Pest-control costs high for Foster City 

Although it looks like a pleasant tree-lined suburb, Foster City is the site of an annual attack of blood-sucking creatures that rise from their underground lairs at dusk.

Because Foster City’s storm drain system lies below sea level, it relies on the water level of the lagoons, rainfall or pumped water to flush the system. When the lagoon levels and rainfall drop in the summer, water pools in the drainage system.

"In the summer, when there’s no rainwater, no freshwater flushing the system, it becomes more susceptible to mosquitoes and we have to treat it more," said Public Works Maintenance Manager Norm Dorais.

Several local species of mosquitoes — attracted to exhaled carbon dioxide — are known to travel indoors and bite during the night, possibly spreading blood-borne diseases such as West Nile virus.

All county cities but Foster City and Redwood Shores are able to pay for all of their mosquito-control needs through property taxes with a tax of approximately $1.86 for every $100,000 of a home’s value to fund the services.

Foster City has to pay up to $38,000 extra to the San Mateo County Mosquito Abatement District in the coming fiscal year for mosquito control.

The cost to the city rose this year from $36,000 last year and $35,000 in 2005 because gasoline prices and operations costs have risen for the abatement district. The district’s 10 spraying trucks also had to start a month early this year, because of less rainfall in the winter and an earlier start for warm weather.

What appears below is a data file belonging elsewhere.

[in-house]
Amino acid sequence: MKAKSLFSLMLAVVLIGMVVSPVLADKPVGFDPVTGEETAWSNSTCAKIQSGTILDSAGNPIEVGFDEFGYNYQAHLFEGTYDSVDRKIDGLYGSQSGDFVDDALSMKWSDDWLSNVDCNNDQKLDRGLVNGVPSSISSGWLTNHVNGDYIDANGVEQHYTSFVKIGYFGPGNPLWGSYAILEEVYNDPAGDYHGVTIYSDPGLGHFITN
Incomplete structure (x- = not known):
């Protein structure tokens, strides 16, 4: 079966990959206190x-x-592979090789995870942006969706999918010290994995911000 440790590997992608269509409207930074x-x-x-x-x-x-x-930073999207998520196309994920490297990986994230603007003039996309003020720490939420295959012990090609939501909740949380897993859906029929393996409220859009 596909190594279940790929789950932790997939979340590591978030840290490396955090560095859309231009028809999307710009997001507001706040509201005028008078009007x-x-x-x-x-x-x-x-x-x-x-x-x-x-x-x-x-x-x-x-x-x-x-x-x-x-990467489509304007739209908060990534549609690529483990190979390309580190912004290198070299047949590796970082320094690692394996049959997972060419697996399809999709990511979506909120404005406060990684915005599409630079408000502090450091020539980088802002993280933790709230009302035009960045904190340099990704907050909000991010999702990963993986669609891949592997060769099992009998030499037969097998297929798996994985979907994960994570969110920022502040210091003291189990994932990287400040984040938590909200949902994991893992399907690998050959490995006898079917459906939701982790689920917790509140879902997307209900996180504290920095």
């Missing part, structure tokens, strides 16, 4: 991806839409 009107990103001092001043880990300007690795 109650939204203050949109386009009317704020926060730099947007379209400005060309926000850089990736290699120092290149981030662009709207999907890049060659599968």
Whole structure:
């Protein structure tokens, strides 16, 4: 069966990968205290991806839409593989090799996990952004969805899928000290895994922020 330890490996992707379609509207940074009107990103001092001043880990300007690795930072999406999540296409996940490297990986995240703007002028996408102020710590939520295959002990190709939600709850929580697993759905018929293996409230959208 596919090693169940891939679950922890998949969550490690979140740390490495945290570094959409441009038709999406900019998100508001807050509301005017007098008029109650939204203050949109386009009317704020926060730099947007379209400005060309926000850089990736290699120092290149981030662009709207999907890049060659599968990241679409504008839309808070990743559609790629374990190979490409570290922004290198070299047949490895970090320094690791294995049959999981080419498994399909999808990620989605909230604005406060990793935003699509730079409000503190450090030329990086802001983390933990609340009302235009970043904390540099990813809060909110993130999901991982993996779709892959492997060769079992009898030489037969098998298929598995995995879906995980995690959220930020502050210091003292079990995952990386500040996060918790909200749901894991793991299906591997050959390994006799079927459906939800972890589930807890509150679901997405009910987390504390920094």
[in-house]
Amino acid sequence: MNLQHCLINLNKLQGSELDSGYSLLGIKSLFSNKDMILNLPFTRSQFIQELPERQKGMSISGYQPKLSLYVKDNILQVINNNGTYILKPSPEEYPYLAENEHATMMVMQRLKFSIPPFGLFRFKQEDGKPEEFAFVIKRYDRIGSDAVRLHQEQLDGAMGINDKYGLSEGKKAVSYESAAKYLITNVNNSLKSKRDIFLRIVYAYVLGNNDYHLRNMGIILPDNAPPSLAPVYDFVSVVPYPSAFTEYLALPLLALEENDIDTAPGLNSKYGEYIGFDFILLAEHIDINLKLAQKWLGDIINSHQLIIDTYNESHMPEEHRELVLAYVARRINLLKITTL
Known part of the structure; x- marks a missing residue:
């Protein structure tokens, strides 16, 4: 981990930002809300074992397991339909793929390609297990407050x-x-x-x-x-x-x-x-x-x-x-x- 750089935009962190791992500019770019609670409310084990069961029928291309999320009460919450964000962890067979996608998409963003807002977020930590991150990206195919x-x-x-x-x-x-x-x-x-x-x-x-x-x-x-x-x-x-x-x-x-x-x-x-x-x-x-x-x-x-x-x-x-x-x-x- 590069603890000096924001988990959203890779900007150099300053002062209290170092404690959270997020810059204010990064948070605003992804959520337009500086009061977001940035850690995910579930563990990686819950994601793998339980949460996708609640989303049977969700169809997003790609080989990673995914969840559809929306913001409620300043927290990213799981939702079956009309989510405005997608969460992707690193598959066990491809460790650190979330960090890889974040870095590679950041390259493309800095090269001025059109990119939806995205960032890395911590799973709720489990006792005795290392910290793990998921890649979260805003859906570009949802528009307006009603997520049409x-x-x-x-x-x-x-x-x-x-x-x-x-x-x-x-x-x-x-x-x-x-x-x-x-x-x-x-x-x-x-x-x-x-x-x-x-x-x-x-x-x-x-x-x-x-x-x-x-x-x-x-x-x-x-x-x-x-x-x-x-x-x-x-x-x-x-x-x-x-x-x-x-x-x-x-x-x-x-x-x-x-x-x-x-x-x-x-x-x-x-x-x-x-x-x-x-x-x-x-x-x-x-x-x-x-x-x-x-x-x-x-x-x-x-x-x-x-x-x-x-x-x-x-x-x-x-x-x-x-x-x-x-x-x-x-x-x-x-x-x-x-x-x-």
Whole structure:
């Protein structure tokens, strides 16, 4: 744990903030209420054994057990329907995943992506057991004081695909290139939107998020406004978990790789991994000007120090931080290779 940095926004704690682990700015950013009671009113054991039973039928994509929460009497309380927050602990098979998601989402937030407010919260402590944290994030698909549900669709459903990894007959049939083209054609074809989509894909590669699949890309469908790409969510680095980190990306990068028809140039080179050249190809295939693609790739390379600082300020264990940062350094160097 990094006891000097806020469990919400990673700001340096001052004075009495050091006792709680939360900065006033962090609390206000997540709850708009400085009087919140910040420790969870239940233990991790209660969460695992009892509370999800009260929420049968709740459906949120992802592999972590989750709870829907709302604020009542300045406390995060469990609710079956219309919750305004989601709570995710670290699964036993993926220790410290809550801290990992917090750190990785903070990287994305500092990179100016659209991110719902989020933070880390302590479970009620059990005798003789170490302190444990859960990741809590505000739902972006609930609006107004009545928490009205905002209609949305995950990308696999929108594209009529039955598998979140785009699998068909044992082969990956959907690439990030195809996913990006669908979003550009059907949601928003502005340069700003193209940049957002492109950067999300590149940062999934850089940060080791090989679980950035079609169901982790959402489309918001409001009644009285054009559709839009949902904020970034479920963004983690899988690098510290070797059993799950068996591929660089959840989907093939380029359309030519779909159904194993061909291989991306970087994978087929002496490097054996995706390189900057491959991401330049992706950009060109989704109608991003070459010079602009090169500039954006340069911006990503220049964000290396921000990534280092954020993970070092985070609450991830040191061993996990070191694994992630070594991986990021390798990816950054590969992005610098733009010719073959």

"That’s the first time we’ve had to start this early in 21 years, we usually start in May," said district Operations Supervisor James Counts.

Each of the 10 trucks can cover 50 storm drains a day, and Foster City has more than 2,000. District employees spray a refined mineral oil into each drain to kill the aquatic mosquito larvae before they can finish their seven-day development.

"It’s been a continuous mosquito problem, but we’ve been able to keep it under control," Counts said. "It’ll be a problem forever, just because of the way the system was built."

Counts said the lagoon system itself has too much water movement to provide a breeding ground for mosquitoes.

To request mosquito service, call the San Mateo County Mosquito Abatement District (650) 344-8592 or write to info@smcmad.org.

MOSQUITO WORLD

» More than 3,500 mosquito species

» 53 found in California; 20 common to Peninsula

» Female mosquitoes drink blood, males drink nectar

» Three species inhabit Foster City:

Culex pipiens

Culex tarsalis

Culex stigmatosoma

- Source: San Mateo County Mosquito Abatement District

jgoldman@examiner.com

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